Portrait of Karl Marx as a young god
The film "Portrait of Karl Marx as a young god" consists of collages and drawings which are presented with voiceover comments. The images visualize specific reminiscences from recent German history, while the voiceover extends and counteracts these images with a multitude of interpretations.
”Obviously, it is a fiction, but I actually think of it as a documentary. It is a documentary work on a desire. A desire for utopia, for Marxism, for a different society. And what makes it feel documentary to me is its absurdity. It is this moment when you say to yourself, this cannot be real – that is a reaction you only have when confronted with a reality. This sense of irreality is never produced by a fiction.
The voice says: “Portrait of Karl Marx as a young god, it says.” “It says” – as if the speaker was not the author. Where did it come from, this distance?
“The film deals with this absurdity and this distance. The problem then is: how do you tell a story about this absurdity? You need the images to do it. Language is too excluding, it tends to abolish the real absurdity, tends to translate the desire into a doctrine, the very coherence of which produces a new and different kind of absurdity, the one proper to fundamentalism. How do you tell the story without reducing it to a new form of limiting representation? And a story about desire for Marxism and humanism and utopia is even more difficult. Because: how make a story about humanism when humanism has become a joke? How tell about utopia when utopia is condemned?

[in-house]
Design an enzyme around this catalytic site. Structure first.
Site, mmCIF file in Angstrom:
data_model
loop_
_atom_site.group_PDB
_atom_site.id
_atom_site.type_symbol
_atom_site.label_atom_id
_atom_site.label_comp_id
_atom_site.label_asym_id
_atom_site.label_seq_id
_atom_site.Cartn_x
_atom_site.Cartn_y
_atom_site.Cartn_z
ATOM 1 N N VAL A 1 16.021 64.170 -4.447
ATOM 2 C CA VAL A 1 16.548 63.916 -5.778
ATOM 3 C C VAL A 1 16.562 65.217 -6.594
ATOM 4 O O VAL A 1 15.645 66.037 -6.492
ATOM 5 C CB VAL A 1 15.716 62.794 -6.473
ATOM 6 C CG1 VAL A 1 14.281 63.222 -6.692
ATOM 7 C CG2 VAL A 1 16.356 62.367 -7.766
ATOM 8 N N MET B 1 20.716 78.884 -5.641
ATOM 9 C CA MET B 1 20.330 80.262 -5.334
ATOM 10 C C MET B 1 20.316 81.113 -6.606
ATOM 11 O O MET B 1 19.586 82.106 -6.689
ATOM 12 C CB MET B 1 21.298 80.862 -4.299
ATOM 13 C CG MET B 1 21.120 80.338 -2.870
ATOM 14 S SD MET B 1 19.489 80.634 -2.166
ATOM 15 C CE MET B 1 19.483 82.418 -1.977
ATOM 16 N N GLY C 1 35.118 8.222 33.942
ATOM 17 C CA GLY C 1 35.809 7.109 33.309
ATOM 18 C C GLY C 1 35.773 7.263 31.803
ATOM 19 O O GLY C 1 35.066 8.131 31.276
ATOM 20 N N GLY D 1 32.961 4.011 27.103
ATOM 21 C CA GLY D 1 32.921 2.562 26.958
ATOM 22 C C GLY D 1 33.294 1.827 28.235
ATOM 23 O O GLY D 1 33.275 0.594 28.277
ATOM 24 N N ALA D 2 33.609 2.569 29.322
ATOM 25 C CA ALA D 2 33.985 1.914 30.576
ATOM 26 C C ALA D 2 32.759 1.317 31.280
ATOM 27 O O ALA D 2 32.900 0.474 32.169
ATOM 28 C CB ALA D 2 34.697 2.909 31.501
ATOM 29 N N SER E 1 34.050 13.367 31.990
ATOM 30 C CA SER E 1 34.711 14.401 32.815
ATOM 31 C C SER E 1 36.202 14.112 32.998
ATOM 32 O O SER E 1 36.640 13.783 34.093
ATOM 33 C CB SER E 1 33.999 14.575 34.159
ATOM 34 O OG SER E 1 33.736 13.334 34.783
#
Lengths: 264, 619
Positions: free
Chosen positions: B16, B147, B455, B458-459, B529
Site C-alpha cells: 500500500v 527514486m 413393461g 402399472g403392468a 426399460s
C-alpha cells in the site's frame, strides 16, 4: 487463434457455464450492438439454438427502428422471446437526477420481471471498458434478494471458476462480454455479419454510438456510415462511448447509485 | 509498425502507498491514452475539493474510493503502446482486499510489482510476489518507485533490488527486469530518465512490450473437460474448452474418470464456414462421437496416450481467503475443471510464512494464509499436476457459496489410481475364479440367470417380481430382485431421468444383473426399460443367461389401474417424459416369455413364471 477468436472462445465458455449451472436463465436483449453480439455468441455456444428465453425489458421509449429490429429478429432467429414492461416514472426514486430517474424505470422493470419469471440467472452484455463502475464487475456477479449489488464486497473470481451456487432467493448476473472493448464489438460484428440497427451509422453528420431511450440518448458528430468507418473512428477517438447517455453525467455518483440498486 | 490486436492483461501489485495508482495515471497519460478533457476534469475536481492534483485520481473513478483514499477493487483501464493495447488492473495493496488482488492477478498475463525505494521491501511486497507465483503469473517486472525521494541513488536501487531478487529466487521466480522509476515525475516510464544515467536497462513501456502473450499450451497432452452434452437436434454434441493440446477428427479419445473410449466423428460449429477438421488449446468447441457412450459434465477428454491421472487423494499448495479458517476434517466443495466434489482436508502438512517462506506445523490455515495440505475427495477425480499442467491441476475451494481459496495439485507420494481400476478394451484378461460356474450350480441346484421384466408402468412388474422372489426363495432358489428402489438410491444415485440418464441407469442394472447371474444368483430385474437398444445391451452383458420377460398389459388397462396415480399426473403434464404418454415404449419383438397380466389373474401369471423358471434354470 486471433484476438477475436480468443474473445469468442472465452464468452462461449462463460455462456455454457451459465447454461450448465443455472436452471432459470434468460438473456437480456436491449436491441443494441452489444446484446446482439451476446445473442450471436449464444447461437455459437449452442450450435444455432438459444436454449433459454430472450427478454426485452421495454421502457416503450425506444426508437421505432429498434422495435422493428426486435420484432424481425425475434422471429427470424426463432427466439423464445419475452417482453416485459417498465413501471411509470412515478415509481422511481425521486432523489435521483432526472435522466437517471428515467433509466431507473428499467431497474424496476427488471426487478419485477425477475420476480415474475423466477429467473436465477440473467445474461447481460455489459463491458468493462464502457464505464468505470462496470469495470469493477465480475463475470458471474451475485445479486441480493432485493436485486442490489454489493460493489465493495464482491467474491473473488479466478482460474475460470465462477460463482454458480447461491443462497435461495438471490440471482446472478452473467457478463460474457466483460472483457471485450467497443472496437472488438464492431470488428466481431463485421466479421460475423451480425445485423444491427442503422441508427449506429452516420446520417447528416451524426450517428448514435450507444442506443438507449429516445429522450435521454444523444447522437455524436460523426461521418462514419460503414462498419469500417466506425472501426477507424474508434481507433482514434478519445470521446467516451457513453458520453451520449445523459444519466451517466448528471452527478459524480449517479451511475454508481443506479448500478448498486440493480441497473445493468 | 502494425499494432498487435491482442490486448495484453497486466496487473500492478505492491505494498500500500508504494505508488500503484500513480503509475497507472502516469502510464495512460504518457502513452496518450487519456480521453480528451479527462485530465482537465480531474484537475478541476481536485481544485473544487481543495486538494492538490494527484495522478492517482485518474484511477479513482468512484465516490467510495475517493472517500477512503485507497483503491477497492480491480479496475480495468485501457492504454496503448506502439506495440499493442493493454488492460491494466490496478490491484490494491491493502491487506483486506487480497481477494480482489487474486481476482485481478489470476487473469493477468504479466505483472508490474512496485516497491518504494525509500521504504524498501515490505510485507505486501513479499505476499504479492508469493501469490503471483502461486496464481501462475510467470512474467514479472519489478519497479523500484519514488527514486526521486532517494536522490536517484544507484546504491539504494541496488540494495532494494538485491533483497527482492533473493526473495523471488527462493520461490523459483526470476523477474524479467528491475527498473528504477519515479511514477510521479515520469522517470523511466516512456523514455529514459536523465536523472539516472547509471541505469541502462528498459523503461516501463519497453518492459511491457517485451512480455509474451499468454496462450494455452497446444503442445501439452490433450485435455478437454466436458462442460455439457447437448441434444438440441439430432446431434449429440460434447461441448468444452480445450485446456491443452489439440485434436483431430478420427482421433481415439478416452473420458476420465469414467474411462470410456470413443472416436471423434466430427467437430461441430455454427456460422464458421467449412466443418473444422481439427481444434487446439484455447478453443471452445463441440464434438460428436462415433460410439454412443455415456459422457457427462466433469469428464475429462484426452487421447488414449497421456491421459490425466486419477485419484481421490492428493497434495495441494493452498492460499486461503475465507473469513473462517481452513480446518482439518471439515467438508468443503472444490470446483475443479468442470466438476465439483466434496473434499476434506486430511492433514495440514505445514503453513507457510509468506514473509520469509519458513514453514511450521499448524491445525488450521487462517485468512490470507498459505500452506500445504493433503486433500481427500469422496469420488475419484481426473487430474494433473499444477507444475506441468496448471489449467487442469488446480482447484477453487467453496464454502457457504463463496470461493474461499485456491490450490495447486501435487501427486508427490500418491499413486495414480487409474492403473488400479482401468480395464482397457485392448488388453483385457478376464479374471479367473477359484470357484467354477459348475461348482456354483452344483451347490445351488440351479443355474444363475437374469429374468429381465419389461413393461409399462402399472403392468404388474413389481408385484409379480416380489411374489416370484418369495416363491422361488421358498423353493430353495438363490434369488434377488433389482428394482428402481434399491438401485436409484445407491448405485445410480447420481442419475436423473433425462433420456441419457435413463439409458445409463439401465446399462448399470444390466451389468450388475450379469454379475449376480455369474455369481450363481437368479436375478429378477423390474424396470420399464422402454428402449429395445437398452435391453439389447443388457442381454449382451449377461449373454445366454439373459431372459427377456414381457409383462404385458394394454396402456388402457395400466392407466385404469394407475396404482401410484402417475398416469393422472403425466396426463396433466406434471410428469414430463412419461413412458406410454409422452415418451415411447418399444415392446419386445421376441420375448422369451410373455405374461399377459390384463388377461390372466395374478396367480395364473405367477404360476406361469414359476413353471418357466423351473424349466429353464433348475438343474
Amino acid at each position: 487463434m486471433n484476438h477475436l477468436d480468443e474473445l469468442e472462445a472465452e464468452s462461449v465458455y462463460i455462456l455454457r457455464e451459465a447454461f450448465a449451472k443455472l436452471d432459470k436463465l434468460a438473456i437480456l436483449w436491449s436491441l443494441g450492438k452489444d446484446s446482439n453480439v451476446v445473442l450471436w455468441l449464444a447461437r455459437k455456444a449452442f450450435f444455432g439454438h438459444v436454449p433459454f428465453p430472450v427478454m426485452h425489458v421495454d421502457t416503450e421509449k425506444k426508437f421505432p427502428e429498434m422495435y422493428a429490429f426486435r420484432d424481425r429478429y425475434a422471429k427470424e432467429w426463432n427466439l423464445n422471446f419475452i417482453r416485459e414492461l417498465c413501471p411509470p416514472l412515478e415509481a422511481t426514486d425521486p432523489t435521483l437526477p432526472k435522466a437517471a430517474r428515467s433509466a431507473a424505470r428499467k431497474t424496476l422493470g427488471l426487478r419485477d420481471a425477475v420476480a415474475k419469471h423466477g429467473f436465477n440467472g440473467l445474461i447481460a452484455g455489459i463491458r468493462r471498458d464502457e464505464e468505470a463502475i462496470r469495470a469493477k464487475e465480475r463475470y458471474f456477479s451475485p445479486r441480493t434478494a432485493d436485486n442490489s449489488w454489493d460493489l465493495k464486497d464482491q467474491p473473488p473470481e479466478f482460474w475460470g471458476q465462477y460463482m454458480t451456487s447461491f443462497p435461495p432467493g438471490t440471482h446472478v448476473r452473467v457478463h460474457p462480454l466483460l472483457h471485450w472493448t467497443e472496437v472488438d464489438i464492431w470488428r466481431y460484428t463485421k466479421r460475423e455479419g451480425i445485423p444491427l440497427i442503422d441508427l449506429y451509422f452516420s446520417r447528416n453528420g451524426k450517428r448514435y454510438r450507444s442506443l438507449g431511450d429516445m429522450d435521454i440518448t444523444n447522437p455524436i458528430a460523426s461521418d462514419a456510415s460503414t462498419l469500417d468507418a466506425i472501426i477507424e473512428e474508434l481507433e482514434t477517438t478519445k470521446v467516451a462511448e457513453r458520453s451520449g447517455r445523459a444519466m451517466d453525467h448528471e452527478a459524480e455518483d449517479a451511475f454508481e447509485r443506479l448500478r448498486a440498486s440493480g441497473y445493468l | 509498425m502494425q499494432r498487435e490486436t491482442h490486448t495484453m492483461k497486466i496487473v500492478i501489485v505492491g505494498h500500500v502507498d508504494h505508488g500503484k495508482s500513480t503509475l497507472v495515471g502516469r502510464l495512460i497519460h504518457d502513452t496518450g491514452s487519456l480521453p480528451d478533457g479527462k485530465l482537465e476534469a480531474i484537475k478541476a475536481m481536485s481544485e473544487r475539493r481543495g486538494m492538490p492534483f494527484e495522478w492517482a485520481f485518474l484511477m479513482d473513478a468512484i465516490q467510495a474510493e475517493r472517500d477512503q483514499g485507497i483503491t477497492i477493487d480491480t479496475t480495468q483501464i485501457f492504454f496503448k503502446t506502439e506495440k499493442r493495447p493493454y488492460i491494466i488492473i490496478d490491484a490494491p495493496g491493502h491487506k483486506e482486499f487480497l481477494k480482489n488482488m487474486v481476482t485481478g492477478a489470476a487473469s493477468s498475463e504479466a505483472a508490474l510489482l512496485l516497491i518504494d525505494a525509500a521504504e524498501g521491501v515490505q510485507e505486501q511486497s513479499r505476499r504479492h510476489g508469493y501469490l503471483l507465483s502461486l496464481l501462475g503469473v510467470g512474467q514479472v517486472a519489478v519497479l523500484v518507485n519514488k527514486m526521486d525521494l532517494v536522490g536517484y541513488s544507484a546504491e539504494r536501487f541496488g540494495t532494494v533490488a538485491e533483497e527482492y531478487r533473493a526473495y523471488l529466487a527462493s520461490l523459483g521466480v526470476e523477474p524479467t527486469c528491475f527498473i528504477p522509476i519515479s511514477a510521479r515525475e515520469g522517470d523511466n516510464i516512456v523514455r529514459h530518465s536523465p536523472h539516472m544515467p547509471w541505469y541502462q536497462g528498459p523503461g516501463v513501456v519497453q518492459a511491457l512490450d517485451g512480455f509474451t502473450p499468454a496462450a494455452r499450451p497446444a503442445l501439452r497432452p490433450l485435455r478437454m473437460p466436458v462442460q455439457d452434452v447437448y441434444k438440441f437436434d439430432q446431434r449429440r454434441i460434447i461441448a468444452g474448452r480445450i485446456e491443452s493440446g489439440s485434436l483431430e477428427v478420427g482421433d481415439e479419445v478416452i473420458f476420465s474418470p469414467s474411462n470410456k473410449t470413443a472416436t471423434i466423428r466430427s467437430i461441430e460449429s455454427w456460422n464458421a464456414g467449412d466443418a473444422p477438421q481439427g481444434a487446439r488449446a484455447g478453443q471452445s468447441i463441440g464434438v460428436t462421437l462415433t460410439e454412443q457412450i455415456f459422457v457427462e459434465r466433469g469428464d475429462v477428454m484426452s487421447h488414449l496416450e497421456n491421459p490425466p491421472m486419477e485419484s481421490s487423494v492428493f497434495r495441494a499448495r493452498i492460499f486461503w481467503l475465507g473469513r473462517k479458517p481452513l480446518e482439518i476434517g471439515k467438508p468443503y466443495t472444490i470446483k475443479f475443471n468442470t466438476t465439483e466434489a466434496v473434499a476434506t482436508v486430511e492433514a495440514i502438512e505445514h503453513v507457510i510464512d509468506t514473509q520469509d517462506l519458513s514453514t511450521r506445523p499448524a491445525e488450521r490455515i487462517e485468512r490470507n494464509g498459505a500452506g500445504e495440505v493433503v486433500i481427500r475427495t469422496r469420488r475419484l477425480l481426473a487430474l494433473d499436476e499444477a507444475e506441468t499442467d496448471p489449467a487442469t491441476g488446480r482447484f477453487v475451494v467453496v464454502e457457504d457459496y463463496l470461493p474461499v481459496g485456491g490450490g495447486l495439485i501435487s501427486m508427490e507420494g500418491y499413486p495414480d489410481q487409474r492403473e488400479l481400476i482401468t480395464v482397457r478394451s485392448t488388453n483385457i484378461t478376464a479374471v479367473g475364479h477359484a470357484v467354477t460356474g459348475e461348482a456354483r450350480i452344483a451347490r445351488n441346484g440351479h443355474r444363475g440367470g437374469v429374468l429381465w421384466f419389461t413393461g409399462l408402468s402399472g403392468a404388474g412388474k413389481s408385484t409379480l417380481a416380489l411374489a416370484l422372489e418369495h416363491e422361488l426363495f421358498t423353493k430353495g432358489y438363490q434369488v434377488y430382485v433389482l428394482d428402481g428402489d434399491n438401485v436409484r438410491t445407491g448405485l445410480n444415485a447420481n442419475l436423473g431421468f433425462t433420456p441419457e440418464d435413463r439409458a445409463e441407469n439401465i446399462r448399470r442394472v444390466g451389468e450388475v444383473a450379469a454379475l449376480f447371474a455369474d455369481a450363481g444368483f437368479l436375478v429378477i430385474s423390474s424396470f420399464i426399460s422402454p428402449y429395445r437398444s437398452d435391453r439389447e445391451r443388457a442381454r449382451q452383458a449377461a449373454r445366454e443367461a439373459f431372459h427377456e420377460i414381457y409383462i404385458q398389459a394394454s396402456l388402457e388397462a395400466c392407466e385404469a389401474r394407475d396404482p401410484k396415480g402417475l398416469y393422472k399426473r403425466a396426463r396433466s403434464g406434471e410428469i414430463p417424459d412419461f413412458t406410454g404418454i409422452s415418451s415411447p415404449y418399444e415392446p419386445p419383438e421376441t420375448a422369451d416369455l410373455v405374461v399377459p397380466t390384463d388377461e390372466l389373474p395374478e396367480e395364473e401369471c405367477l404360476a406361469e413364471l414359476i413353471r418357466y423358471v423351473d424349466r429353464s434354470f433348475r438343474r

The use of a telephone is significant in this film, I mean the fact that he speaks over the phone. The typical sound of the voice over the phone marks a distance. An open ended distance actually, since there can be no one at the other end of the line. It is a monologue, so no one is actually needed – there is no place for any one else. But still, since it is over the phone, there is also the (absurd) idea that someone could reply or give an answer.“
Published 2010 at tsnok.se